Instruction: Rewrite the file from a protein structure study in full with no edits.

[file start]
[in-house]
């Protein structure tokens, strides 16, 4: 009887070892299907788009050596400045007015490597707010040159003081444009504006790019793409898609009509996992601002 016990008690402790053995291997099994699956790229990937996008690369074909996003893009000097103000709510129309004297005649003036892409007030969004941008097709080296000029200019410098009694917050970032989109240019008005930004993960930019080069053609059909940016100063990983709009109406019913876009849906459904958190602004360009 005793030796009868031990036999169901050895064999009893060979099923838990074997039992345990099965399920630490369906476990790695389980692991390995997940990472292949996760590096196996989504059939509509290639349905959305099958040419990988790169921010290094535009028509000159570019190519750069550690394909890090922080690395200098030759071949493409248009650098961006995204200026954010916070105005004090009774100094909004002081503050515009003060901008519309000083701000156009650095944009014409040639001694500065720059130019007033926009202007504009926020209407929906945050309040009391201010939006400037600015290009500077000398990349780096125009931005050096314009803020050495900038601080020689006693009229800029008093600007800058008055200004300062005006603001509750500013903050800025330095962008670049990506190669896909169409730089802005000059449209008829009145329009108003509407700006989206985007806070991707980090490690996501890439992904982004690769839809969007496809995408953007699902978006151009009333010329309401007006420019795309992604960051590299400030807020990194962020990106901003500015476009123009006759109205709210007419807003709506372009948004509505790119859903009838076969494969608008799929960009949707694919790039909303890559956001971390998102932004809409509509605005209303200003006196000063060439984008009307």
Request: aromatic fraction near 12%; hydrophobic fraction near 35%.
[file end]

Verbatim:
[in-house]
């Protein structure tokens, strides 16, 4: 009887070892299907788009050596400045007015490597707010040159003081444009504006790019793409898609009509996992601002 016990008690402790053995291997099994699956790229990937996008690369074909996003893009000097103000709510129309004297005649003036892409007030969004941008097709080296000029200019410098009694917050970032989109240019008005930004993960930019080069053609059909940016100063990983709009109406019913876009849906459904958190602004360009 005793030796009868031990036999169901050895064999009893060979099923838990074997039992345990099965399920630490369906476990790695389980692991390995997940990472292949996760590096196996989504059939509509290639349905959305099958040419990988790169921010290094535009028509000159570019190519750069550690394909890090922080690395200098030759071949493409248009650098961006995204200026954010916070105005004090009774100094909004002081503050515009003060901008519309000083701000156009650095944009014409040639001694500065720059130019007033926009202007504009926020209407929906945050309040009391201010939006400037600015290009500077000398990349780096125009931005050096314009803020050495900038601080020689006693009229800029008093600007800058008055200004300062005006603001509750500013903050800025330095962008670049990506190669896909169409730089802005000059449209008829009145329009108003509407700006989206985007806070991707980090490690996501890439992904982004690769839809969007496809995408953007699902978006151009009333010329309401007006420019795309992604960051590299400030807020990194962020990106901003500015476009123009006759109205709210007419807003709506372009948004509505790119859903009838076969494969608008799929960009949707694919790039909303890559956001971390998102932004809409509509605005209303200003006196000063060439984008009307």
Request: aromatic fraction near 12%; hydrophobic fraction near 35%.